Best Practices of User Interface Design

Best Practices of User Interface Design

As part of my everyday routine, I pick up my smartphone to answer a call or write a text. I scan through the television menu to find something to watch. I get money from an ATM. And I surf the internet and pay bills online on my laptop. All of these things have one thing in common: a user interface.

A user interface is where man meets machine. It’s the point at which people interact with a machine to do something. And someone has to design that interface so that the user knows what the machine will do when the blue rectangle or the green circle is pressed. That’s where User Interface Designers like my employees Chase and Jonathan come in. The newest members of the CS Creative team, both work onsite at TI designing (you guessed it!) user interfaces.

I recently sat down with them both and asked about user interface design and if they had some tips and best practices for other designers. Here is what they had to say.

Jonathan: Use the lens of a first-time user.

As a designer it’s very easy to get into the mindset of, ‘”If I know how to do it, then everyone knows how to do it.” I think about how I would feel if I was given this software for the first time. I also think practically and consider not just first-time users, but users that aren’t technologically savvy.

Chase: Figure out the problem first, then be sure to solve the problem.

When a project gets started, it’s easy to get stuck in the minutiae or derailed by additional requests. Or worse: to try to cater to everyone. Then the solution becomes lost in a sea of add-ons, and may not solve the problem efficiently or effectively, if at all. Say I’m designing an email program. What if the program has a lot of bells and whistles or functionality, but isn’t the most intuitive at letting you check your email? At the end of the day, if all that the user wants is to check email, then that’s what the program should do—and do well.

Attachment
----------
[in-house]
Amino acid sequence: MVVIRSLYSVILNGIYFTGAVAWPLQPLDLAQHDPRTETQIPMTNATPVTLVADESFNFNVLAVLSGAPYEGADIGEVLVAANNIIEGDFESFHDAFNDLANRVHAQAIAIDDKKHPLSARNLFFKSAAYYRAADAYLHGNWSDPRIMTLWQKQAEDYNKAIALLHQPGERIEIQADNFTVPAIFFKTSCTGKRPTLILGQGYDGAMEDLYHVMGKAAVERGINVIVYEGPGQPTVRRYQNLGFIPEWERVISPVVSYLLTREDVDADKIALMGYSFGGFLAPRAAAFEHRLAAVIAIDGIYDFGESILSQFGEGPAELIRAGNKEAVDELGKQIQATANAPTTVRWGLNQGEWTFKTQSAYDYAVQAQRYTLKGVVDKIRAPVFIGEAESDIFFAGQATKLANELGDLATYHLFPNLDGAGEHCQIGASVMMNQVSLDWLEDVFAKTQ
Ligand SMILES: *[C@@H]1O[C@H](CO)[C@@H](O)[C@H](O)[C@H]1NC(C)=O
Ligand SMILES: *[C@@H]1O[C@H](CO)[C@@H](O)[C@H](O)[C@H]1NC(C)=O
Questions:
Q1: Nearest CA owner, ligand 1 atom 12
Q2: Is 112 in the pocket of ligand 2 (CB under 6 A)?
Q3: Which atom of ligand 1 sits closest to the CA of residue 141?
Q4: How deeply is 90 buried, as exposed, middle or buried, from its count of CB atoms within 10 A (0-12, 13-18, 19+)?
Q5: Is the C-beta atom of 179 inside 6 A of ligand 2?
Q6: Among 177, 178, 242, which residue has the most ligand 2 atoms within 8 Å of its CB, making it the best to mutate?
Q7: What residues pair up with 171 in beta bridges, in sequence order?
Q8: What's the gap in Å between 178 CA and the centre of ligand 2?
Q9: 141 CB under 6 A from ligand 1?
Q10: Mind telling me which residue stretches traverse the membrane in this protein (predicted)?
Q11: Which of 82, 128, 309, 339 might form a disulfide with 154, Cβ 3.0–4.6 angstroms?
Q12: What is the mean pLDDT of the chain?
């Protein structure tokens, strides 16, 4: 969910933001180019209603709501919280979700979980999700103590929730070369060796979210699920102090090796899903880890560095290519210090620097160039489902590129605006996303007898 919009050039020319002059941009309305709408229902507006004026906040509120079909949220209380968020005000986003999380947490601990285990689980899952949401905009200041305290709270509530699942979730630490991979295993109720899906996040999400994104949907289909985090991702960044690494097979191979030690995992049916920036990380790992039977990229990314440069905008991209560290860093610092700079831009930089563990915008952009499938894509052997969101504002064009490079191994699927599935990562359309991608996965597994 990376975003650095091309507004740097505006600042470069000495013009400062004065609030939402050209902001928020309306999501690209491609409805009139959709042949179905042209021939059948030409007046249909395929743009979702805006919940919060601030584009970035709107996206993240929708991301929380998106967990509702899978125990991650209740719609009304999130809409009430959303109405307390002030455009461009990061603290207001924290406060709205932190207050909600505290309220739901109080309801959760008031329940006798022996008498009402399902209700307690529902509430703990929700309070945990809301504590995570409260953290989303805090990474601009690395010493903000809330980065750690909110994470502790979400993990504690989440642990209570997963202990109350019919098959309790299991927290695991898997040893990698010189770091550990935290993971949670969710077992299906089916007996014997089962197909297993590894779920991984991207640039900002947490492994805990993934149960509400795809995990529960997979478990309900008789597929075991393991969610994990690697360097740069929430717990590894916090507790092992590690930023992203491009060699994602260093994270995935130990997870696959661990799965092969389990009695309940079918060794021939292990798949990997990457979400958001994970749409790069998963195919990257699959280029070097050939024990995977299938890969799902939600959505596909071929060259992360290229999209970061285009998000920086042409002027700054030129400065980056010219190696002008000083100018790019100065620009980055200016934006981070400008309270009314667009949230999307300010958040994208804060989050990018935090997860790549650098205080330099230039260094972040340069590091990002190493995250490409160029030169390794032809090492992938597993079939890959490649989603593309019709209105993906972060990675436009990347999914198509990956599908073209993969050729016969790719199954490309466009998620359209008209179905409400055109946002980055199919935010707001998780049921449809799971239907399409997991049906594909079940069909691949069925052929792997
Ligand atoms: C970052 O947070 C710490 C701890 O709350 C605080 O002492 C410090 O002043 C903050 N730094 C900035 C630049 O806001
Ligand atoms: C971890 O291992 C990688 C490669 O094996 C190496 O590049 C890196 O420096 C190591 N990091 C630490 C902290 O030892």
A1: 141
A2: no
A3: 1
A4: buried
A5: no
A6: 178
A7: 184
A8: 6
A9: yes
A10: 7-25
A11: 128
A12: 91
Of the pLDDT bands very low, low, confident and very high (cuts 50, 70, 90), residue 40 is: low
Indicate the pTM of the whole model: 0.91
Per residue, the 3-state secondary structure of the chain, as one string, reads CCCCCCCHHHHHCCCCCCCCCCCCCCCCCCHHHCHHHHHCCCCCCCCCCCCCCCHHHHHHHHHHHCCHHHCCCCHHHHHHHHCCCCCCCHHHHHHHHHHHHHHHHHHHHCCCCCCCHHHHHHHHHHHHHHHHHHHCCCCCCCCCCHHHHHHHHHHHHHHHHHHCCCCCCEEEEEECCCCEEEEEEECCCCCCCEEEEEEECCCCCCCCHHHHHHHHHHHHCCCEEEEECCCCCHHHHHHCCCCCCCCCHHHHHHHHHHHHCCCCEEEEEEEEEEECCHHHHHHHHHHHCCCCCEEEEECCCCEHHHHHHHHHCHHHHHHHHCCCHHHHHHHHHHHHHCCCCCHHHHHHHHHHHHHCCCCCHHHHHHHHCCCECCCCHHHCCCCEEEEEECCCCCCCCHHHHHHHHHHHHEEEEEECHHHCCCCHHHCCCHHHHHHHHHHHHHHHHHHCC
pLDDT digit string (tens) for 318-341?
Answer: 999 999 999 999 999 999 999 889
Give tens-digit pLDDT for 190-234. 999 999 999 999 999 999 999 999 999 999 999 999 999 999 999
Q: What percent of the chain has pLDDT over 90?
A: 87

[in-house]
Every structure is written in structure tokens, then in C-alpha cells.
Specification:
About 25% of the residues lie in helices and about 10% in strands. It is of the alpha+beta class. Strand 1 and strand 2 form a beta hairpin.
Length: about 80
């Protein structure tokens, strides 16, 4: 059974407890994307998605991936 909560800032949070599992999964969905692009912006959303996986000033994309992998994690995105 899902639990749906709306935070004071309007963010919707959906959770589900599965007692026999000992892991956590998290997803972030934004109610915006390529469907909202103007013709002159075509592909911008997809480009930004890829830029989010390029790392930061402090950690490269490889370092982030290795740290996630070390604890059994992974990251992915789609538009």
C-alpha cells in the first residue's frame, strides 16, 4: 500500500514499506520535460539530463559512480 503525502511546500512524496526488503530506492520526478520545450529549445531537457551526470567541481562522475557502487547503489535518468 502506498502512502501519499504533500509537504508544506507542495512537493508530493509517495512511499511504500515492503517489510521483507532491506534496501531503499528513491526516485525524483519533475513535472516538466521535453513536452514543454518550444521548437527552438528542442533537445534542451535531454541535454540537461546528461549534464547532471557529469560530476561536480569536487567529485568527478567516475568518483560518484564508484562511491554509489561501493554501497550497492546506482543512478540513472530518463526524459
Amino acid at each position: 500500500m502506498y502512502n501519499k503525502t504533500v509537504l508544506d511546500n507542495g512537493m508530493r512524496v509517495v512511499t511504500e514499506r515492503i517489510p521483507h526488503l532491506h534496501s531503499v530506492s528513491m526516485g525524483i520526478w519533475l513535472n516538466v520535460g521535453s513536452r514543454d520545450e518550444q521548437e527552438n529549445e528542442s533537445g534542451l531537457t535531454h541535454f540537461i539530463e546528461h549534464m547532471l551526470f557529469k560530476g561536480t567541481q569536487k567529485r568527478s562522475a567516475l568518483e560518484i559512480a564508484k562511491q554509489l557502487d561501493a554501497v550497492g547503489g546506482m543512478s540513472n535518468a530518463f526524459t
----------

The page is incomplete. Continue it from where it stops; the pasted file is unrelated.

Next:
Jonathan: Close the loop.

After the interface is designed, it can touch many hands and departments before the project is finished. By the time it’s done, it may not be what it was intended to be in the first place or function as originally designed. Reviewing a project once it’s nearly complete can help ensure the quality of the interface (or may lead to a trip back to the drawing board before it hits the market).

Chase: We all agree, it’s important to KISS – keep it simple stupid.

At the end of the day, people don’t read instructions. They just don’t. They just click things. By designing an interface that’s easily understood, it becomes intuitive for someone to use a device from the very first time it’s touched.

Jonathan: Make it engaging.

Just because a user interface is simple doesn’t mean that it’s plain or boring. I will sometimes use bold but complimentary colors to easily guide the user where to go next.

I had to smile to myself, because after hearing these points for designing user interfaces, I realized these were some of the same guidelines we’ve used in all other kinds of design over the years. Keep the audience in mind, solve the problem at hand, close the loop by referring back to the creative brief, create engaging design and keep things simple.